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Swarthmore Plays Host to National Debate Championships

By Monika Zaleska ’13


Swarthmore College Hosts National Debate Championships

In April, Swarthmore’s Amos J. Peaslee Debate Society took on the mammoth task of hosting the American Parliamentary Debate Association (APDA) National Championships. Forty college and university debate teams, comprising more than 300 debaters, descended on the campus for the three-day event.

Although small in numbers, dedicated Peaslee Society members organized a tournament that attendees described as one of the best national championships in a long time.

“The most difficult part was logistics,” says Carlo Felizardo ’11, facilities director for the event. “We’re a small team compared to the others, so providing the manpower to set up meals, find a speaker, and run the tournament efficiently was hard.” The team used a color-coded spreadsheet of events and reminders to stay organized.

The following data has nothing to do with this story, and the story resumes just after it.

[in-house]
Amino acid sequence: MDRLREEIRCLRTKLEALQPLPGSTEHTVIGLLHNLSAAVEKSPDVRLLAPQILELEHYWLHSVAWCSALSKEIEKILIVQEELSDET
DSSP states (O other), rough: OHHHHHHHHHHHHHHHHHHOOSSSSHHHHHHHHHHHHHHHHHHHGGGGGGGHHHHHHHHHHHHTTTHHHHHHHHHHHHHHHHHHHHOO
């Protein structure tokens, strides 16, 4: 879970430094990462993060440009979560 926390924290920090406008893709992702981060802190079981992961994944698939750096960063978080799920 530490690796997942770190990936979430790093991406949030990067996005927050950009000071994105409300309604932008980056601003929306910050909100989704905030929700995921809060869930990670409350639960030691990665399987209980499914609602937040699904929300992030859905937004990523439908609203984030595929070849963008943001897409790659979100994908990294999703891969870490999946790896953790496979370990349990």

Jenny Koch ’13, co-director of socials and food, was responsible for meals, entertainment, the final banquet, and the visiting speaker—Shelby Coffey III.

By tradition, the host team of an APDA tournament does not debate, and most of the Swarthmore team was so busy that many missed Coffey’s lecture on the changing face of the media. Coffey is former president of CNN Business News and CNNfn and former executive vice president of ABC News and The Los Angeles Times, where he also worked as an editor. He’s currently a senior fellow of the Freedom Forum and trustee of the Newseum.

In a nod to the Peaslee Society, Coffey said the tournament had been a “peak experience” and the team “could not have been more gracious.”

“The intellect and rigor of these students is just terrific,” he added.

The final round of the tournament, in which Johns Hopkins University took on Harvard University, was the culmination of many months of rigorous competition. Hopkins came out victorious in opposition to Harvard’s “hypothetical morality” proposition: “Given that an Abrahamic religion believes that ignoring your child until age 18 magically gives them universal empathy, would it be moral to sacrifice that relationship?”

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